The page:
Lawyers do battle on reform’s front lines
Global Times | 2012-10-10 22:30:05
By Global Times
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Illustration: Liu Rui
Illustration: Liu Rui



The State Council Information Office issued a white paper on judicial reform Tuesday, reviewing China's judicial system and reform process. The white paper also stresses the role of lawyers in the reform process.

Lawyers, as a vital part of China's judicial system, can certainly help promote the future reform process during their practice of the law. But the premise of this is not to set lawyers in opposition to the judicial system.

In the courts, there are a few instances when judges do not rule in accordance with the legal process and so lawyers would voice their discontent and suggestions. Under China's current legal system, the case can be reheard.

However, some judges take lawyers' doubts and suggestions as a challenge to their authority and take actions against lawyers such as ordering them to leave the court.

If things continue this way, the conflict between lawyers and judges can only be escalated, which is no good for the judicial reform.

Protecting lawyers' rights is an important part in the reform process. Among professionals, it is widely known that there are a few unofficial restrictions, or tacit rules, that prevent lawyers from obtaining evidence or even meeting their clients who are being held in custody.

This is especially true in some criminal or administrative cases. Lawyers can practice their rights by abiding by relevant laws, but there is no explicit rule to protect their rights when their rights are violated.

Lawyers in China believe that the country's judicial system will improve, and we hope that before drafting new laws and regulations, relevant authorities could take lawyers' advice into serious consideration because we are practicing law on the front lines.

On the other hand, lawyers should bear in mind that they should not abuse their rights.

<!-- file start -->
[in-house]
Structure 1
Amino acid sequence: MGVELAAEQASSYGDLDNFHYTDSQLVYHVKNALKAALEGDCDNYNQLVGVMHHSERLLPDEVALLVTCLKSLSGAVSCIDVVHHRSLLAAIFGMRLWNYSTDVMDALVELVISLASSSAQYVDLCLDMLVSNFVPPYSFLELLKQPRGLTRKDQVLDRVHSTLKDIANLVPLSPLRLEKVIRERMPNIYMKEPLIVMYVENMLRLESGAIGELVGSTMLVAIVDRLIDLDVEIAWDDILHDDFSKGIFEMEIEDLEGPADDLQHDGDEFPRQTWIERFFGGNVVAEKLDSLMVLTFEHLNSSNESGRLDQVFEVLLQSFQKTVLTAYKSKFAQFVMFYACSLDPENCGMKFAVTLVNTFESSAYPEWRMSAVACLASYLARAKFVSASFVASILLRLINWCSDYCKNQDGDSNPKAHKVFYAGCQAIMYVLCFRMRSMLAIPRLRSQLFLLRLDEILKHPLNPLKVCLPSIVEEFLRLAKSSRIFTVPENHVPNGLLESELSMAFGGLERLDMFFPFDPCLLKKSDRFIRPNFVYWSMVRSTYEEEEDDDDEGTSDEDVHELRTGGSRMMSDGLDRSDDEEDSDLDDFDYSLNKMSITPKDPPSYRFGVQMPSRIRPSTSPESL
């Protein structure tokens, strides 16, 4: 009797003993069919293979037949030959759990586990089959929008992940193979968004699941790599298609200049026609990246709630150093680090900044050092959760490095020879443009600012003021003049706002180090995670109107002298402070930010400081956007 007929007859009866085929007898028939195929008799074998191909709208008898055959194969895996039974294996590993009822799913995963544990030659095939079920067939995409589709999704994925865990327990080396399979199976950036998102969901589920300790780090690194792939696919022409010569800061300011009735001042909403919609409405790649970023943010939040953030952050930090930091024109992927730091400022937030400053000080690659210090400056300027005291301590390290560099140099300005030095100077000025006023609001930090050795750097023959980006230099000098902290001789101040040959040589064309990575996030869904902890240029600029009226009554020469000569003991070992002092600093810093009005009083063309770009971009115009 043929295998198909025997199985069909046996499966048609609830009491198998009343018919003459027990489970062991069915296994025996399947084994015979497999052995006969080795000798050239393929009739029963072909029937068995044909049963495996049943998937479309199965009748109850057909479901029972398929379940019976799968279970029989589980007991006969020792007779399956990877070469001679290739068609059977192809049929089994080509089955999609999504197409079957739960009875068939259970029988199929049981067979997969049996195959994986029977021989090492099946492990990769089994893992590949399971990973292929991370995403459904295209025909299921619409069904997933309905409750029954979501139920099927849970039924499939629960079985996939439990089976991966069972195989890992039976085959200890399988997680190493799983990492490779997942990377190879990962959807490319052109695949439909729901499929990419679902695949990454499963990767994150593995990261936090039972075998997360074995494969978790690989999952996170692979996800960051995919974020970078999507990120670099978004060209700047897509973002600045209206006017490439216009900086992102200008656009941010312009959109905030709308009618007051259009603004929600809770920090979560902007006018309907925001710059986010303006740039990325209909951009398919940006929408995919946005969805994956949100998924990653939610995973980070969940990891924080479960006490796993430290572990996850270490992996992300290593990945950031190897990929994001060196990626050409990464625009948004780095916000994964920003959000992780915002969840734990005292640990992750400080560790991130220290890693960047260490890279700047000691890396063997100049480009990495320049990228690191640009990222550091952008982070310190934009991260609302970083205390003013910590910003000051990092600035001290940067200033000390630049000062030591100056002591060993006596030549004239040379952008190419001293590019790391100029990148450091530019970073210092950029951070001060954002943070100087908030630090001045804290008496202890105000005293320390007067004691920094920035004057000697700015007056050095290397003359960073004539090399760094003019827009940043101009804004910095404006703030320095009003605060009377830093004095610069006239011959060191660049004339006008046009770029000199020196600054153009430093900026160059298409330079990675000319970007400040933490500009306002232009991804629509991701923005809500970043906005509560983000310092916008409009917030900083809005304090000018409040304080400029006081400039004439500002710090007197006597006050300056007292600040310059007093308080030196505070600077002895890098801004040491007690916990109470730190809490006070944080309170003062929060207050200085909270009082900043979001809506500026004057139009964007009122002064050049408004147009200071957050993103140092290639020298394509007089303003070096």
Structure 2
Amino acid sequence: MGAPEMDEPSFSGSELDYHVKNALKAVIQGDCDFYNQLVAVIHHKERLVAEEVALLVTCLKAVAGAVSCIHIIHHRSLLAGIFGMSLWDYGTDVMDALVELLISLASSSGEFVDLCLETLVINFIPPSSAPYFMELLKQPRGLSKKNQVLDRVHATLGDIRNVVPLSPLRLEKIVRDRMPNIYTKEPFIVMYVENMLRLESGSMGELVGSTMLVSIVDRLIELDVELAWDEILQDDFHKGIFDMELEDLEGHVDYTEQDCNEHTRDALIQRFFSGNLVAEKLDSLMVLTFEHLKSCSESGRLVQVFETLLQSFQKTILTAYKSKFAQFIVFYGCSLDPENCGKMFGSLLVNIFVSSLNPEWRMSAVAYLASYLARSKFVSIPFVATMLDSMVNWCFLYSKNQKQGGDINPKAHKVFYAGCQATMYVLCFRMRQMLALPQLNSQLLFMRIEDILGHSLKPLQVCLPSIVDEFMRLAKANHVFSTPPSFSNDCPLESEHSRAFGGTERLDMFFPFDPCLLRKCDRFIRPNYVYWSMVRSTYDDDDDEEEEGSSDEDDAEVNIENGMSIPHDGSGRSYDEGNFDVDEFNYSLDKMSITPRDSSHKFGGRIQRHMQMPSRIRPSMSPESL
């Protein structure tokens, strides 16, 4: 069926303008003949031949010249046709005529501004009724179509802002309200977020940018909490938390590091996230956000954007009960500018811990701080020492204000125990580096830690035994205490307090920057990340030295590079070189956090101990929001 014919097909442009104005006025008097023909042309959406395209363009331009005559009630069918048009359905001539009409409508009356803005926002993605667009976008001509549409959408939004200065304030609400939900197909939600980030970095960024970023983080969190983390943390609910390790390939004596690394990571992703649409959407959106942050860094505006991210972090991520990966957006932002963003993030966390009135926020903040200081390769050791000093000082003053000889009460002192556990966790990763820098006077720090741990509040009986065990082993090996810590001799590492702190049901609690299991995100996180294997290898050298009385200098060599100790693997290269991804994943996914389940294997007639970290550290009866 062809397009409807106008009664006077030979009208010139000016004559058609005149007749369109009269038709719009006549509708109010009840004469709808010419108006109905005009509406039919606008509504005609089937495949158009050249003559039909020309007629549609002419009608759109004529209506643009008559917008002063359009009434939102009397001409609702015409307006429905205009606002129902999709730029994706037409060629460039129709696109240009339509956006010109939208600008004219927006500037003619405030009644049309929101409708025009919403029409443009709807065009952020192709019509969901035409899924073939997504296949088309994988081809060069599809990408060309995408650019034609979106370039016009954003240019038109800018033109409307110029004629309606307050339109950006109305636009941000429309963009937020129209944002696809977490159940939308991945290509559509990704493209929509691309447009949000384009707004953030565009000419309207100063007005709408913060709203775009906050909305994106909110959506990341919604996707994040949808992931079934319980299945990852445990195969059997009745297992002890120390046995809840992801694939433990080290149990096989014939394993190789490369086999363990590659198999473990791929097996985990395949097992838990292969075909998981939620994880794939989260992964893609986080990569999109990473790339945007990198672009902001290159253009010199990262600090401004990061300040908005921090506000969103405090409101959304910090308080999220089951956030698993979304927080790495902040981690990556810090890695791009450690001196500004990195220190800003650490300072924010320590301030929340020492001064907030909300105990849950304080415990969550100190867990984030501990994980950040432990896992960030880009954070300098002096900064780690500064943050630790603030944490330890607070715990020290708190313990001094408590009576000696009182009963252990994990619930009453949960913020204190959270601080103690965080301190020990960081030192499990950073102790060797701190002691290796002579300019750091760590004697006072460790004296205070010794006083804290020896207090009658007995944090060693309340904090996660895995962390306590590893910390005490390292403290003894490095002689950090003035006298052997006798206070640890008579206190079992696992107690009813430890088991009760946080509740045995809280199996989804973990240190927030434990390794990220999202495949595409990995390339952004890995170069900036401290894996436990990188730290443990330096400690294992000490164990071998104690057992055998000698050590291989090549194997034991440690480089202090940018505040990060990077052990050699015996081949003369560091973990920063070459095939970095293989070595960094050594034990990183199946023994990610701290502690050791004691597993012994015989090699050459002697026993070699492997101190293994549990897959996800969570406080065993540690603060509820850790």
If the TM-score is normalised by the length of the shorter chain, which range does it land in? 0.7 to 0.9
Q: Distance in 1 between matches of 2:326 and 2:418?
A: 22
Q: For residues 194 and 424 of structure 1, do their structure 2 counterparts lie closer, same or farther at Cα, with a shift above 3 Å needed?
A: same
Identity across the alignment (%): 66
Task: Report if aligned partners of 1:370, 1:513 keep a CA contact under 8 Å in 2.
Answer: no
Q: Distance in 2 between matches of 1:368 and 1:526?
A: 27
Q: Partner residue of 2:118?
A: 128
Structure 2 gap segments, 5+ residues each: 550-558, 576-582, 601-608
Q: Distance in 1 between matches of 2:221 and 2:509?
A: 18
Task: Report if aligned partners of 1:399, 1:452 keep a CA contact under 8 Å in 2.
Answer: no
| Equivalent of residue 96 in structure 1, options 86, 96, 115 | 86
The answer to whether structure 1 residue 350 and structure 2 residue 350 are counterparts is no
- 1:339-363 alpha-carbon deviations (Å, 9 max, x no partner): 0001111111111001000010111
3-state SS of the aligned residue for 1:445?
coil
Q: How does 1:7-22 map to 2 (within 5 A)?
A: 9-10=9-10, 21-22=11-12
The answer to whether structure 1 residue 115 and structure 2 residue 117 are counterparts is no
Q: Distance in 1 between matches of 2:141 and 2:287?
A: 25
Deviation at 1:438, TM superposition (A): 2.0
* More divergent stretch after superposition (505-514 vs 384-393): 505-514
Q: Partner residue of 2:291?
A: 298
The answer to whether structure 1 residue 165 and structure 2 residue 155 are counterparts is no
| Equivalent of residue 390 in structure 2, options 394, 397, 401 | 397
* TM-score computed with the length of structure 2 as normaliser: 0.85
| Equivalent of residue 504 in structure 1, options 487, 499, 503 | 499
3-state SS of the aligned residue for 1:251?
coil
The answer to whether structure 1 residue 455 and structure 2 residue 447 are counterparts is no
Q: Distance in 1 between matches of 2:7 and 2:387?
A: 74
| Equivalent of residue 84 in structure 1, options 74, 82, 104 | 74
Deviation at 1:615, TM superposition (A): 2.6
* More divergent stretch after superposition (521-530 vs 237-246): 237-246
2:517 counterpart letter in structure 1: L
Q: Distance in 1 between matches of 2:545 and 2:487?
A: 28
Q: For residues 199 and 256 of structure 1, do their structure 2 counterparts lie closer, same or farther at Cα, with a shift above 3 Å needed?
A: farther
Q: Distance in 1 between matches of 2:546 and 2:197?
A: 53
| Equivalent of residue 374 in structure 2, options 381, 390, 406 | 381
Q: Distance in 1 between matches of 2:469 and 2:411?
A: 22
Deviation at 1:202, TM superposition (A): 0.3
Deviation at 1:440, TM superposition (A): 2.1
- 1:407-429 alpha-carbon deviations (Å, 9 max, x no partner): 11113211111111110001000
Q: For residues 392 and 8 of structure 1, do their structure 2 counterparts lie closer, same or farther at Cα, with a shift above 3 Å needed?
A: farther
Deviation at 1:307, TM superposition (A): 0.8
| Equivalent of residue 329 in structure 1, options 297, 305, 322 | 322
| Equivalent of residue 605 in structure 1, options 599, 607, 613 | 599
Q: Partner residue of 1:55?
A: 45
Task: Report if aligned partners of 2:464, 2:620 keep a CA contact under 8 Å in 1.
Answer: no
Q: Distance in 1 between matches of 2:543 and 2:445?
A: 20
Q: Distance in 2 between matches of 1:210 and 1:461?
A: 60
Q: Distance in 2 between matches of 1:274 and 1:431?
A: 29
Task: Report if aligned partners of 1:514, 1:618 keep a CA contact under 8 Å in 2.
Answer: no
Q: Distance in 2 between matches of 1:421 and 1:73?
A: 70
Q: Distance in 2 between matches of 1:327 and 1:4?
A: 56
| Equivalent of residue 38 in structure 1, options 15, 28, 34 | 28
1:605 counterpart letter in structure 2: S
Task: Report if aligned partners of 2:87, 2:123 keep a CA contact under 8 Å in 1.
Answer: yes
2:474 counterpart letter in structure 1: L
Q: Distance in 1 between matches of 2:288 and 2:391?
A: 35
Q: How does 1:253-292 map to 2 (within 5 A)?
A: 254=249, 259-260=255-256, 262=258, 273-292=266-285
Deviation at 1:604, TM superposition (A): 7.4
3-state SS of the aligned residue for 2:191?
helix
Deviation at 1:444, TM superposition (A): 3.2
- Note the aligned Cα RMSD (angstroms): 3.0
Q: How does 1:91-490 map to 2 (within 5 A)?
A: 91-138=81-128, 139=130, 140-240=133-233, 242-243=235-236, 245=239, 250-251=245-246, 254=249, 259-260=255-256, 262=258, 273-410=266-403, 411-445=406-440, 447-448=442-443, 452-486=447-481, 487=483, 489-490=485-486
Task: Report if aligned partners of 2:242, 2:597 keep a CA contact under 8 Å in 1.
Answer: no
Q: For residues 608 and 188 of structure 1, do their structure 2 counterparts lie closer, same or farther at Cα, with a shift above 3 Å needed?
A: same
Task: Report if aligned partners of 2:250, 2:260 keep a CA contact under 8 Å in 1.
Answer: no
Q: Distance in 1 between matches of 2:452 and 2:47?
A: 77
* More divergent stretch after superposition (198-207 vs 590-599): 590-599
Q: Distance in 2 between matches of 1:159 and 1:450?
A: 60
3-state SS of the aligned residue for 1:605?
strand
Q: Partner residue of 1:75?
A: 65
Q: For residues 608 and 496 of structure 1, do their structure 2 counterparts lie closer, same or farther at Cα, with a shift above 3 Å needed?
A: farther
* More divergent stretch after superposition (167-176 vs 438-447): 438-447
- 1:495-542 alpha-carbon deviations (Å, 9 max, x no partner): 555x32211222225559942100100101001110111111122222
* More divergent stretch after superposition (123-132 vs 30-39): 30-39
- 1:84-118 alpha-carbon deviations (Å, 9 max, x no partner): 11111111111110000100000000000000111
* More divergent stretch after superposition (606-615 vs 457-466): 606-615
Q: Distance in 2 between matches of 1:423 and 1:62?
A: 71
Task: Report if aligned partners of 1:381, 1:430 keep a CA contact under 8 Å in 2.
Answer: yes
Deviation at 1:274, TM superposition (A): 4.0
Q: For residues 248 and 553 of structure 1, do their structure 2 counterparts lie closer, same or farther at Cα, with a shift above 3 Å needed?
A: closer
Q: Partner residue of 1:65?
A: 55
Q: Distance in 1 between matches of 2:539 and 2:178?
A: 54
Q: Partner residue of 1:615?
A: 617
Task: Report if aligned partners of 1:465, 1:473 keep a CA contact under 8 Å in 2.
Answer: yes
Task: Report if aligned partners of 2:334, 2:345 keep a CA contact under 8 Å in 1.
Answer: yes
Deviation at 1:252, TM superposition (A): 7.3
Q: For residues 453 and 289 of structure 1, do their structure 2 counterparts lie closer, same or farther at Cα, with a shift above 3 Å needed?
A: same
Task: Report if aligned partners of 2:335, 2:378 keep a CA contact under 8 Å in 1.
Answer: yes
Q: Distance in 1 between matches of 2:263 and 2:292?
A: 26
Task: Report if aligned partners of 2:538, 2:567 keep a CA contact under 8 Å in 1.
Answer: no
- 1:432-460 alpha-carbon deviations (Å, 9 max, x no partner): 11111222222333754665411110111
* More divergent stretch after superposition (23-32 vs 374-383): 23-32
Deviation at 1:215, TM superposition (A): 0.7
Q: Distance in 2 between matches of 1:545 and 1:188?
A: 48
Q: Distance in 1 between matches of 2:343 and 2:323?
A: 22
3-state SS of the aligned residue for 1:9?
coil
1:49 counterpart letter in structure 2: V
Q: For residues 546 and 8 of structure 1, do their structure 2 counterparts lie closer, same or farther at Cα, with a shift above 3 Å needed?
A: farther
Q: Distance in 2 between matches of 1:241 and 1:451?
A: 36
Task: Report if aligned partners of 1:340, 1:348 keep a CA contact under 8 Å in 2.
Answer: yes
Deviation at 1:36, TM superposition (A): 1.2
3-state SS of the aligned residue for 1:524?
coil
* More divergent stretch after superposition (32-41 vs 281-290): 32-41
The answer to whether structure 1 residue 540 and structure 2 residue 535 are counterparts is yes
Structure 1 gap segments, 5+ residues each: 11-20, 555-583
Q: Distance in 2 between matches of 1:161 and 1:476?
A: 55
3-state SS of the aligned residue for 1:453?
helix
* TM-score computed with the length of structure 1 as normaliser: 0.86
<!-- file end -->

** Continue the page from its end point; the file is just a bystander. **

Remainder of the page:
For example, audio or video recording of court proceedings is not allowed under the law. While some lawyers are not satisfied with what the judges say or what the procuratorate has done, they record the proceedings and upload them on the Internet. As a result, the relationship between lawyers and the legal authorities has deteriorated and turned into a vicious circle.

In recent years, there have been constant cases where active rights lawyers initiated campaigns against unconstitutional systems. A famous case is Xu Zhiyong, who campaigned in 2003 against China's extralegal detention of people who stayed in cities while lacking a residential permit.

Xu called upon the National People's Congress to check whether such forms of detention was constitutional after a university graduate died after being beaten in police custody. The system was abolished later that year.

Another well-known campaign is a current petition involving a number of lawyers to abolish China's reeducation through labor system, a process which does not currently have to go through legal procedure or a proper trial. Plans for the reform of the system are under discussion now.

The contributions of lawyers in promoting a more independent and transparent judicial system cannot be neglected. The status of lawyers is not only about that of a profession, but also indicates the extent to which the rule of law functions.

Honestly, lawyers' participation in the judicial system reform still lacks attention in terms of both theory and practice. We hope a consensus that all legal professions are equal could be reached, so that all parties, including judges, prosecutors and lawyers, can contribute to the reform process.



The article was compiled by Global Times reporter Wang Wenwen based on an interview with Lin Xue, a lawyer at Beijing Lianggao Law Firm. wangwenwen@globaltimes.com.cn


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